There's something about Yeasayer's music that usually makes me want to belly dance or do cartwheels. A little late on the uptake, the first Yeasayer song I fell in love with was "Tightrope" from the 2009 compilation Dark Was the Night, an album comprised of original recordings from all-stars like the Dirty Projectors, David Byrne, Neko Case and Yo La Tengo and even then they stood out for me. It was a delight to then go back to discover Yeasayer's first album for myself, All Hour Cymbals, acclaimed for it's complex genre melding World Music, Afro-Punk, Tribal, transcendental, and Indie rock tracks that won over the blogosphere in 2008. It sounded like a fresh medley of unusual sounds from around the globe, combined with soulful harmonies, tantric instrumentals and catchy beats.
Then in February 2010, the Brooklyn band made up of Chris Keating, Anand Wilder and Ira Wolf Tuton, came out with a second album,Odd Blood, which offers a distinctly different sound from the first record: a super synthesized, layered, electro spun 80's dance pop that seemed more likely to inspire The Molly Ringwald than a Far East seduction dance. Many of the songs on the album are wildly catchy and nothing if not good for some lightheated fun, but some critics and fans were confused.
"We were playing the old songs for so many years...literally on tour for a year and a half. We wanted to try something new, wanted to write some different style songs (and) be able to play them live in a different way", Chris Keating said, confirming the shift was indeed an intentional, desired change of pace. "We try to have open ears and broad horizons when it comes to music", an approach that has paid off based on concert ticket sales.
The band is also helping to spread the good word for the new record with the creation of graphically intensive music videos for "Ambling Alp" and "O.N.E" that feature Terminator 2 style special effects, stallions, naked people running through deserts, and 80's scenster nightclub drama.
To keep the creative wheels turning on the music side, Keating these days is listening to eclectic artists like the Gang Gang Dance and DJ Rupture, and draws inspiration for progressive material from various mediums. "I'm most psyched on visual art," he says. "Seeing museums and things that people are working on. Sound collages. Anything you read that can translate into a song".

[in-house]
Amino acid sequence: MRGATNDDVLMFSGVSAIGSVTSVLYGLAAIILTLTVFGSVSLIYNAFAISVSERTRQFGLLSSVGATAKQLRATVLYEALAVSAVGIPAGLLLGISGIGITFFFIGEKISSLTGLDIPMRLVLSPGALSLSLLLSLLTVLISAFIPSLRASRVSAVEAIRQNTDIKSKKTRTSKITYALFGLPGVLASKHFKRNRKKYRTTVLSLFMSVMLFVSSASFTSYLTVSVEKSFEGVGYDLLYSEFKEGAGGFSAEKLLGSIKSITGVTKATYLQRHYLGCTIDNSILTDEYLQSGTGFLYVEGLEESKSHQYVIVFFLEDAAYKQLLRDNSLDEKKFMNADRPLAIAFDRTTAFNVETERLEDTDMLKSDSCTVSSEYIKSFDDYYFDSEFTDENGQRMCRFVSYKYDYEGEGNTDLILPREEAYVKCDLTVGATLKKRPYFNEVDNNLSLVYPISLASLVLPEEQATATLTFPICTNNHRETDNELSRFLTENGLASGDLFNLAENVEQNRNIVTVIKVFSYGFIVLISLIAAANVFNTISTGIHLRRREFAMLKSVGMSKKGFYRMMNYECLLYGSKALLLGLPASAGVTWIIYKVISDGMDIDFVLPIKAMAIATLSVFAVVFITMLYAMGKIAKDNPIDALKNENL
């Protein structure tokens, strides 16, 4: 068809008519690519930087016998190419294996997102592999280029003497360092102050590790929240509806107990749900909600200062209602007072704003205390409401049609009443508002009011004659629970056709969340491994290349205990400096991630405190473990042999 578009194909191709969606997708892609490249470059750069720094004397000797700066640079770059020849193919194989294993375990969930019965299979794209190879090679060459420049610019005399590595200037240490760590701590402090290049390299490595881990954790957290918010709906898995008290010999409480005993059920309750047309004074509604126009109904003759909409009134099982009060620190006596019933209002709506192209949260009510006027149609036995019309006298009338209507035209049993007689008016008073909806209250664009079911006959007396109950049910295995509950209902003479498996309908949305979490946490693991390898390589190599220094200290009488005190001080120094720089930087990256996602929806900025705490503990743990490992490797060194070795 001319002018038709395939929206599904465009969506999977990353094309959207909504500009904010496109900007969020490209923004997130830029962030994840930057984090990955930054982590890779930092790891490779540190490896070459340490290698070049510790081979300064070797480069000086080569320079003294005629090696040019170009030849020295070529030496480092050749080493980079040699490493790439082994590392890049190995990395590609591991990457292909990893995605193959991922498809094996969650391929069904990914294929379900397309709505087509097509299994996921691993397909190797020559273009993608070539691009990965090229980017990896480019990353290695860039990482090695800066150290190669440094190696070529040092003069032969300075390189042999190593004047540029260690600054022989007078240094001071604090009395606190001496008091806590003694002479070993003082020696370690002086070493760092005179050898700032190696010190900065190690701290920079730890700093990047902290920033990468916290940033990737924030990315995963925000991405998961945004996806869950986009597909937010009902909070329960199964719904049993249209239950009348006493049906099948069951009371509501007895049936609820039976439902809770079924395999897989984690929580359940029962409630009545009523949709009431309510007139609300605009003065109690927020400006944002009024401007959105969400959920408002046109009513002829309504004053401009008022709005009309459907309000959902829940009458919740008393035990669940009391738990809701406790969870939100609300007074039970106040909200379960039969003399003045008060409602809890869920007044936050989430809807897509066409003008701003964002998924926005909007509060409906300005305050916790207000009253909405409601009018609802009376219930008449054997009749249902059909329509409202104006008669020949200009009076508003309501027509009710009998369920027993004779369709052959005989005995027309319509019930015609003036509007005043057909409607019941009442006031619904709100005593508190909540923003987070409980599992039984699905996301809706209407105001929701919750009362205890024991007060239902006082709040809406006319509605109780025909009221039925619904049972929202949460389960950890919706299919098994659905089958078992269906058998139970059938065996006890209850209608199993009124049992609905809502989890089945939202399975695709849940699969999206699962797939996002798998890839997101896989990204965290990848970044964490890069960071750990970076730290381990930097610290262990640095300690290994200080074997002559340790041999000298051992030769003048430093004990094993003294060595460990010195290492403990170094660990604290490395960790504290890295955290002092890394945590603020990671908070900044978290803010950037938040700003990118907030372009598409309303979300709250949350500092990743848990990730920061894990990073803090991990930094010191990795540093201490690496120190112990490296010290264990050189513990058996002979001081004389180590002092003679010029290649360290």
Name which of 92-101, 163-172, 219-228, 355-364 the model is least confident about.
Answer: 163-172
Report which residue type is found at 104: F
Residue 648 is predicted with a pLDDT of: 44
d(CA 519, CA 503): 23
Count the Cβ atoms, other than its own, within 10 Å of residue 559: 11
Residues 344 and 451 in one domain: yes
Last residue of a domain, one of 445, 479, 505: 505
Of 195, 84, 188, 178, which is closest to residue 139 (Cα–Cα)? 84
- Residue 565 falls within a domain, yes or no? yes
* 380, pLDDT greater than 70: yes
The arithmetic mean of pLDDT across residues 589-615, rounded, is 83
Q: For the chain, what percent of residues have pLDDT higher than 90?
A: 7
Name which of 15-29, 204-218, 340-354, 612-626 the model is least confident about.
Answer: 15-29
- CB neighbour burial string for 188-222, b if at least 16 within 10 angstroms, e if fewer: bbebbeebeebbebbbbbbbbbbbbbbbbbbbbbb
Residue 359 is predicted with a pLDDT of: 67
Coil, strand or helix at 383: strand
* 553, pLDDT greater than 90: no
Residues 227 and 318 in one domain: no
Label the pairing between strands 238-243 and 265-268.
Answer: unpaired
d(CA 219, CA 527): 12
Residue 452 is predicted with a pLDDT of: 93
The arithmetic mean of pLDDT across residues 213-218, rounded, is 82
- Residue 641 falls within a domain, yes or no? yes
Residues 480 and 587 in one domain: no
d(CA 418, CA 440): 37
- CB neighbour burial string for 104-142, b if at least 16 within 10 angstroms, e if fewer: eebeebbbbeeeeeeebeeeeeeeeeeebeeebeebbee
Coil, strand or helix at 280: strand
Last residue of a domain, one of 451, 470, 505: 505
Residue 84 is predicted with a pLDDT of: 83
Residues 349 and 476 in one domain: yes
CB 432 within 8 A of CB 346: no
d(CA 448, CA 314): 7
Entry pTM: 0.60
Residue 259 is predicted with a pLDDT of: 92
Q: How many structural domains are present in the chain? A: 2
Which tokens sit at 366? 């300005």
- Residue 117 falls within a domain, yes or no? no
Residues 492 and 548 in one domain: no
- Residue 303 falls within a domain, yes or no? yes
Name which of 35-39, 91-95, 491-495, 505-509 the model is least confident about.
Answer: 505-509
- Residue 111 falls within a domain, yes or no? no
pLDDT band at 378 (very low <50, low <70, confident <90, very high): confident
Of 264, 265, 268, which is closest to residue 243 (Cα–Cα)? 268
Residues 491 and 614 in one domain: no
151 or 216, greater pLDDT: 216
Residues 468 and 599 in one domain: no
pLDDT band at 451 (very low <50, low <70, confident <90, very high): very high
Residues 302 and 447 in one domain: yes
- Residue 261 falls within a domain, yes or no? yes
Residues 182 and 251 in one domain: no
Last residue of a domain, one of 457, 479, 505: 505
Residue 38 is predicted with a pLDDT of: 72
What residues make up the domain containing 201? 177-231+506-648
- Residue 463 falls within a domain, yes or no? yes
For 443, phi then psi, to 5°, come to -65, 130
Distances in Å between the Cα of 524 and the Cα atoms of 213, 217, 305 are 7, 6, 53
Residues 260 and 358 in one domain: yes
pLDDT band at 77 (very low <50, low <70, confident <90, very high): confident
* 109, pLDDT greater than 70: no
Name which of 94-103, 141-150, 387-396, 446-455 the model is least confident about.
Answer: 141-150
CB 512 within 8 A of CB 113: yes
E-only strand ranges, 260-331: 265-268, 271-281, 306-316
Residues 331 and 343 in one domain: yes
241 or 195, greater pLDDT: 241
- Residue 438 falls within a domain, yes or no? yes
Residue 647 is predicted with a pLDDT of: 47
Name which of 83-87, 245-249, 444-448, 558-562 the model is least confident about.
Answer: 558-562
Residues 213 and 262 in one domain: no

And from the stage set up at the show Saturday night at La Zona Rosa, it was clear that not everything was about the sounds. There were large flashing neon block structures as both a backdrop for the artists and instrument props. All five band members were clad in their usual hipster-chic getups (last time I saw them live Keating was rocking a pair of suspenders that I liked) leaving me to wonder what kind of thought goes into their wardrobe. "You're up there on stage and have to treat it like a stage." Keating told me. "I had my friend make me a custom tailor jumpsuit, fits like a suit but you can't tell it's one piece unless you're really looking. I can barely sit down in it".
And there it was. Two jumpsuits, three colorful tank tops, two fedoras and a sequin guitar strap between them, Yeasayer opened with Odd Blood's first track, "The Children" and lead into "Rome", a song that always reminds me of Prince's "Let's Go Crazy". The three band members, accompanied by two drummers, offered pulsing dance tracks, complete with harmonies from all on stage and Keating's trademark spastic gyrations. They moved onto hits from the old album like "Wait for Summer" and "2080" that I expected to elicit screams of excitement, yet the crowd remained surprisingly subdued. For a sold out show on a two-night stint in Austin, I had anticipated a lot more enthusiasm and unlike the most concert experiences in Austin, the mood seemed incongruent with the performance of supped-up, synthesized beats, tambourines, maracas, keyboards, bells, guitars and percussion happening on stage.
As the show went on, momentum picked up sporadically for singles like "O.N.E" but it did not maintain, and at points the band seemed noticeably discouraged. Twice during the concert one of the drummers lead the crowd in a "let's get loud" style pep-rally in effort to stir up some energy and at a point during the set Keating seemed visibly frustrated. "Can you see? Can you even hear?" he said, pointing to the back of the room, and shook his head at the lack of response. Whether that was due to production concerns or crowd indifference, the band seemed to be phoning it in a bit after that.
The set closed with Ambling Alp, which finally brought the house down and recaptured any attention that had drifted elsewhere. Irresistibly catchy and sing-a-long friendly, it was the missing piece many needed to go home happy.
Tonight Yeasayer played a second show in Austin at the same venue. Here's hoping any stale air from last night blew away and left an amped-up, jumping, gyrating, spiting, smiling, energized experience that left both band and audience wanting more.
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